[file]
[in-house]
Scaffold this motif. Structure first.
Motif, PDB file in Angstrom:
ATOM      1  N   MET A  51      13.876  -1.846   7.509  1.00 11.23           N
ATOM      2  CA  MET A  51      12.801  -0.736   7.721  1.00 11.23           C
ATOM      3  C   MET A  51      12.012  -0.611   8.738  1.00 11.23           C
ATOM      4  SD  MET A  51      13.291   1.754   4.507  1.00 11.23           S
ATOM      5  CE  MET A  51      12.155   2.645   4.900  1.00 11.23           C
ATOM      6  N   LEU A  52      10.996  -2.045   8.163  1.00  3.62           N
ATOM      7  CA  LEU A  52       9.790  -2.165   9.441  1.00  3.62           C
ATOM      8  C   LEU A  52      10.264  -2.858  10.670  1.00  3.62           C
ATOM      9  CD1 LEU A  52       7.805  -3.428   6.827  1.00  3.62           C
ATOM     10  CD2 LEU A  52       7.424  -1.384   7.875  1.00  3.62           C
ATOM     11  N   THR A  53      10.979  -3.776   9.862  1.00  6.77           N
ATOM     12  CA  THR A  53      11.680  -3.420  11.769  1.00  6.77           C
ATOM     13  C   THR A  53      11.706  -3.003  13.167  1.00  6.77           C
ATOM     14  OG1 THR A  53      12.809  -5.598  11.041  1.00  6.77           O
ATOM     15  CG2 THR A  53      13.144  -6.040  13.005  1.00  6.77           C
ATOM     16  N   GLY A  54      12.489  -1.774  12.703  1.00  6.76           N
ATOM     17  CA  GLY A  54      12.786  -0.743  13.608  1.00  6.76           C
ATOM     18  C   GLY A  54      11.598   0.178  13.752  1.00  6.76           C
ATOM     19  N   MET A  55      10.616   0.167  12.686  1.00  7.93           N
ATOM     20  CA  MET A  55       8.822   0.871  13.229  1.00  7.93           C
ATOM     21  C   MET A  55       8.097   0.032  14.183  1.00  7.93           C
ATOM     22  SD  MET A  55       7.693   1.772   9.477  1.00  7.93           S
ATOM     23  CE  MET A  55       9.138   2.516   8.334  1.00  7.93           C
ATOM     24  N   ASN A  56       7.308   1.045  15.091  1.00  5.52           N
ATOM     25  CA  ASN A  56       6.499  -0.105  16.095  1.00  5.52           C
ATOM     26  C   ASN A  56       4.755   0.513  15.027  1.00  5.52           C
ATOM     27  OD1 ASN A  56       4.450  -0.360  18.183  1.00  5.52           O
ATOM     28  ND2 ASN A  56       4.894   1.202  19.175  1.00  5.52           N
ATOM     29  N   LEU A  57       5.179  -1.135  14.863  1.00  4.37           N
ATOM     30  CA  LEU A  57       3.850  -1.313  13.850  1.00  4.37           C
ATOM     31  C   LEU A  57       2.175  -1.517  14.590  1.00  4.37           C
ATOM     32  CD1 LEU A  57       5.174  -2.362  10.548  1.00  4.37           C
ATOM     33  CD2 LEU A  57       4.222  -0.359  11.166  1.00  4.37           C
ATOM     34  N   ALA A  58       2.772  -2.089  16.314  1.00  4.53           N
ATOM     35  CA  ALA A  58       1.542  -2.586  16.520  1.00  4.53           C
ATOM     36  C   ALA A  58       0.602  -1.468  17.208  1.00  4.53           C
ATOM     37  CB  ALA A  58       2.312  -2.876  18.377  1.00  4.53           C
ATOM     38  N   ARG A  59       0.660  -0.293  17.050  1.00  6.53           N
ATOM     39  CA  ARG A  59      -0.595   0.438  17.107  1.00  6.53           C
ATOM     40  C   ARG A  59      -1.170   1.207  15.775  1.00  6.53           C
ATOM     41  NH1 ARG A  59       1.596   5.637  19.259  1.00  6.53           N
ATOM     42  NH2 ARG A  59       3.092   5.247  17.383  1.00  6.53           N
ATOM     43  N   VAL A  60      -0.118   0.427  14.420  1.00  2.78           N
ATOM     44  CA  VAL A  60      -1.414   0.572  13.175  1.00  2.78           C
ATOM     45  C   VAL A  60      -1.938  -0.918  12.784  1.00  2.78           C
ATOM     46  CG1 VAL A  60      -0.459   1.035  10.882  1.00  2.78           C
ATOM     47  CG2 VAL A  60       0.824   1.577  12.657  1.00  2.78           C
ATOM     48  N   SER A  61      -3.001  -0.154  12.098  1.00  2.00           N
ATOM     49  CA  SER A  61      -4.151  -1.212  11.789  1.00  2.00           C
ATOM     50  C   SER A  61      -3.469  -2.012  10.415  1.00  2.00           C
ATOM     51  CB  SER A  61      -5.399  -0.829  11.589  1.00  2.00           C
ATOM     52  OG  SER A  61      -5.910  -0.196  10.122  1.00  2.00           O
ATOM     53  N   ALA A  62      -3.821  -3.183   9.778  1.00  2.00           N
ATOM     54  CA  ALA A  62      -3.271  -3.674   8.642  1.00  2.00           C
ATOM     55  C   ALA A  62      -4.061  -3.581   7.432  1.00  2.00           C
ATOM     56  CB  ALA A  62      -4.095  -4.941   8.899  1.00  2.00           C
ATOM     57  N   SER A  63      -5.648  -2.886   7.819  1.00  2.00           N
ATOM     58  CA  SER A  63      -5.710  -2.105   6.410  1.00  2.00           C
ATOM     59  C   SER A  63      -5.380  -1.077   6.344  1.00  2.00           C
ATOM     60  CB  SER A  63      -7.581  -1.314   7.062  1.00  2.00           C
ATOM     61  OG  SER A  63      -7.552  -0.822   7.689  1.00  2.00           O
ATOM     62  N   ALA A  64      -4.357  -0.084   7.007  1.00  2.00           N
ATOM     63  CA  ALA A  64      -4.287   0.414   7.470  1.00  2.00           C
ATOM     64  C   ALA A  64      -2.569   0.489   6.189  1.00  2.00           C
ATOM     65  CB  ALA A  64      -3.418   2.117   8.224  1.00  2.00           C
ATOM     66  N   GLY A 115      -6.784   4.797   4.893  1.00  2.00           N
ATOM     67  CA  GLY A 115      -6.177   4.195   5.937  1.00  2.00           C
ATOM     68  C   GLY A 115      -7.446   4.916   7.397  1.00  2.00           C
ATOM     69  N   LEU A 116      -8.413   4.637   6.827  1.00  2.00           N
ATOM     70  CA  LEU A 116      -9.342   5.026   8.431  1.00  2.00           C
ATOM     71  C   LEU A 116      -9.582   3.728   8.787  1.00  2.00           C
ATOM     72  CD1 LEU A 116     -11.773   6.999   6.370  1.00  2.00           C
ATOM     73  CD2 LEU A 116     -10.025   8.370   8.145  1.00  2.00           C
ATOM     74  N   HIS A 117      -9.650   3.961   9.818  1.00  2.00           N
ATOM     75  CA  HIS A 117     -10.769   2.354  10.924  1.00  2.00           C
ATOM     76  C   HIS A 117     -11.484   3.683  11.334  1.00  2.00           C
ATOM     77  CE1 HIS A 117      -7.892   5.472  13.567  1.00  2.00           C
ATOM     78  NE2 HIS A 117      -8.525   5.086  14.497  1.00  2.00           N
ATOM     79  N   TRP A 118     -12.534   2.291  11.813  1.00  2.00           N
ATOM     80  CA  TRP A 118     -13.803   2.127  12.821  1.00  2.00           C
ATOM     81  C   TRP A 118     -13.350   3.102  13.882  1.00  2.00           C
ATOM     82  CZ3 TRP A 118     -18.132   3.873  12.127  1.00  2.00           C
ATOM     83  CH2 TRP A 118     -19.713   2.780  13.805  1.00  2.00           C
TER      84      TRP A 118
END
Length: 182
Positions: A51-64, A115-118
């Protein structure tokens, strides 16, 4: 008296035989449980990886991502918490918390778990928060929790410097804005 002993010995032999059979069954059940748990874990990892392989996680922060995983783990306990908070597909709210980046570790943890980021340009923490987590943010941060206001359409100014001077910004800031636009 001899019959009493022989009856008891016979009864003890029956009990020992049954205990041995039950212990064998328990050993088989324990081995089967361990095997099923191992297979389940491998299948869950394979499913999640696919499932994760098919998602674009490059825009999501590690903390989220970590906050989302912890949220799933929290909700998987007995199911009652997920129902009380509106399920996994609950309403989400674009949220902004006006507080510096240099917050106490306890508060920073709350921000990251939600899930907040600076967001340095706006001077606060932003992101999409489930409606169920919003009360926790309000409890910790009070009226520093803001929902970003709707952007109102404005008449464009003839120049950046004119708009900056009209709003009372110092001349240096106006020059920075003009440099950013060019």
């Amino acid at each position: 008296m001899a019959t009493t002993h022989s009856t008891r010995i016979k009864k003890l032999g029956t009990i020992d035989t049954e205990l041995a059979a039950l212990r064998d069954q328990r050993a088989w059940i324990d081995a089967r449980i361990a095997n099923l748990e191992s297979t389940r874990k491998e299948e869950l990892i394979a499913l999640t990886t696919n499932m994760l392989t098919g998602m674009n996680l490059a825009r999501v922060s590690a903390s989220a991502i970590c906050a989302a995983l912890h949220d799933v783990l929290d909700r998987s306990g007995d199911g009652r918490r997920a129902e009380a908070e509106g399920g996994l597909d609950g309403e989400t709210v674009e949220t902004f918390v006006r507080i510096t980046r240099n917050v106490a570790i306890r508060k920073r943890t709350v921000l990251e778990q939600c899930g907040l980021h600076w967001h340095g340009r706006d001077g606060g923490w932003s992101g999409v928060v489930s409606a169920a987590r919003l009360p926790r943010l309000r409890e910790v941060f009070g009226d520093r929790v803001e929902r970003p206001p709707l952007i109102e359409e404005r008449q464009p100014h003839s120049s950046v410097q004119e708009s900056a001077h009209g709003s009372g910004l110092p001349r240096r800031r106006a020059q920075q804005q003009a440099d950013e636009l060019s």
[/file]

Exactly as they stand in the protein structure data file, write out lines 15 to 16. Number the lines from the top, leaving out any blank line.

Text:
ATOM     12  CA  THR A  53      11.680  -3.420  11.769  1.00  6.77           C
ATOM     13  C   THR A  53      11.706  -3.003  13.167  1.00  6.77           C